On November 12, 1948, he withdrew his request for the establishment of the replacement fund. As a consequence, the Commissioner recomputed taxpayer's return for the year 1946. He included in that return the total gain in excess of the adjusted basis resulting from the condemnation proceedings, and then computed taxpayer's income tax on the basis of the rates in effect for the year 1946. The deficiency was assessed on June 16, 1949 and paid by the taxpayer a month later. Taxpayer's claim for refund, filed March 2, 1950, has not been acted upon by the Commissioner.

 Both sides agree, as they must, that the condemnation was a sale within the meaning of § 117 of the Internal Revenue Code, and that the sale occurred when the taxpayer ceased to own the land. C.I.R. v. Kieselbach, 3 Cir., 1943, 127 F.2d 359, affirmed 317 U.S. 399, 63 S. Ct. 303, 87 L. Ed. 358. In the stipulation of facts, the Government not desiring to raise an issue on this point, is willing to agree with the taxpayer that title to the land passed to the United States on December 2, 1943. However, the docket entries in the condemnation proceedings show that the decree of taking was not filed until April 4, 1944, the date on which the United States deposited the $ 5,370. It is fairly well settled that the United States cannot, without the consent of the landowner, obtain title to land condemned pursuant to the Declaration of Taking Act, supra, until a deposit of the estimated compensation is made. United States v. 150.29 Acres of Land, 7 Cir., 1943, 135 F.2d 878; United States v. Certain Lands in Borough of Brooklyn, D.C.E.D.N.Y. 1941, 39 F.Supp. 91; United States v. Certain Parcels of Land in Prince George's County, D.C. Md. 1941, 40 F.Supp. 436; United States v. 3.08 Acres of Land, D.C. S.D.N.Y. 1942, 46 F.Supp. 64. Hence, the earliest year the taxpayer may insist upon as the one in which he should report his gain from the condemnation proceedings is 1944.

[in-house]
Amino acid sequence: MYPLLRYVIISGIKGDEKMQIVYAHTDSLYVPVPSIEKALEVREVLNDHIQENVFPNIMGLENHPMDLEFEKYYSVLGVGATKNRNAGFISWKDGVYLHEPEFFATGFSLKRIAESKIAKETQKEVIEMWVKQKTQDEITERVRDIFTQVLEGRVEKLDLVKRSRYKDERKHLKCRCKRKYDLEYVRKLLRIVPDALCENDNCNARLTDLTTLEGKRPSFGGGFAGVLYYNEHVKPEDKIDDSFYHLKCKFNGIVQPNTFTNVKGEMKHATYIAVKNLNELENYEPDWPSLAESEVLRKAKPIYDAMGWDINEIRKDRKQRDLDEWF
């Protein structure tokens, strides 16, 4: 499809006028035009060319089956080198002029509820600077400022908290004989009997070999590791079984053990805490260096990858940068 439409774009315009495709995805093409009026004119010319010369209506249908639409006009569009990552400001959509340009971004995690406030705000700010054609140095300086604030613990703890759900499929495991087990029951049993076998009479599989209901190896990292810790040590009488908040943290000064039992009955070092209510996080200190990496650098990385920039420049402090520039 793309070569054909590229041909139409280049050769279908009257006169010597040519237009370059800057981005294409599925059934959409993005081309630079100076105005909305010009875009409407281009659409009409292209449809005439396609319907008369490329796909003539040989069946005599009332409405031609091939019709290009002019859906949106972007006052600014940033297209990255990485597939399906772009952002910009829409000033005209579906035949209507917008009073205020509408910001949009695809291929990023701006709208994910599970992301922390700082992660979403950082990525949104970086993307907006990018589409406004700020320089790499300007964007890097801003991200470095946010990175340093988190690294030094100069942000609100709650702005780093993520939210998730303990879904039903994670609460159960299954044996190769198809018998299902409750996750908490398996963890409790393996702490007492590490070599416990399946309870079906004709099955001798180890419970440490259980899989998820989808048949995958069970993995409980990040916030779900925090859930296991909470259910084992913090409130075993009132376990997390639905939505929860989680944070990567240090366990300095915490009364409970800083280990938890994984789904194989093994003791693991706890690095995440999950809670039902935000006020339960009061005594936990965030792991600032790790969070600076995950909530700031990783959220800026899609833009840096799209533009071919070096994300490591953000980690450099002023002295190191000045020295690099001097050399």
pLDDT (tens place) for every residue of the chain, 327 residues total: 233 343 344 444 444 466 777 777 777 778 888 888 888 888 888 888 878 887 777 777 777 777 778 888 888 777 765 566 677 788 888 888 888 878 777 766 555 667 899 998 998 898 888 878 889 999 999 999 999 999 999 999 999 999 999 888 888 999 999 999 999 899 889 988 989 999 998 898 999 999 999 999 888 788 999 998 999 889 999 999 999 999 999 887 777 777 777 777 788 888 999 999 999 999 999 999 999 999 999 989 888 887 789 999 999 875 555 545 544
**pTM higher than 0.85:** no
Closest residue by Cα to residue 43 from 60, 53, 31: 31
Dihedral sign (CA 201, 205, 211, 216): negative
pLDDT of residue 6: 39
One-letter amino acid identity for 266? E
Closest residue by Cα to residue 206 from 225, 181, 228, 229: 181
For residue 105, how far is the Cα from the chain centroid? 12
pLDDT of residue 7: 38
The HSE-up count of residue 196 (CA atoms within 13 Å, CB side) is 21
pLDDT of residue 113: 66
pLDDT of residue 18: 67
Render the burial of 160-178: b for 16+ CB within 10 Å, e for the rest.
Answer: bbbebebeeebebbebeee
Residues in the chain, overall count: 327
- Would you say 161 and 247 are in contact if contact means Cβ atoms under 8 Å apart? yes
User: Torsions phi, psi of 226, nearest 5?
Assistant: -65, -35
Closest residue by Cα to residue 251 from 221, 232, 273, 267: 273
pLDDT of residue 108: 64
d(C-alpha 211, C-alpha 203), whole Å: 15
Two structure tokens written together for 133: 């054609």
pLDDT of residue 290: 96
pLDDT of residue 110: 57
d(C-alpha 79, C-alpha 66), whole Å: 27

The facts in the Kieselbach case, supra, were these: In 1930 the City of New York began condemnation proceedings in the state court to obtain title to the Kieselbachs' property. By resolution of a Board of Estimate made pursuant to the Greater New York Charter, title of the property vested in the city on January 3, 1933. On March 31, 1937 a judgment with legal interest was entered on a jury's verdict of just compensation which the Kieselbachs received on May 12, 1937. Our Circuit Court, after it ascertained the length of time the property was held by the Kieselbachs, referred only to the Internal Revenue Act effective for the calendar year in which they received the payment to determine the percentage of gain to be recognized in computing their net income. For this reason it seems to us that one of the holdings of that case is that in determining how gains realized from condemnation proceedings are to be taxed, a taxpayer should apply the income tax law in effect at the time the taxpayer, on a cash basis, received payment for his property. Unquestionably this was one of the holdings in Patrick McGuirl, Inc., v. C.I.R., 2 Cir., 1935, 74 F.2d 729; Winter Realty & Construction Co. v. C.I.R., 2 Cir., 1945, 149 F.2d 567 *fn3" and Keneipp v. United States, 1950, 87 U.S.App.D.C. 242, 184 F.2d 263.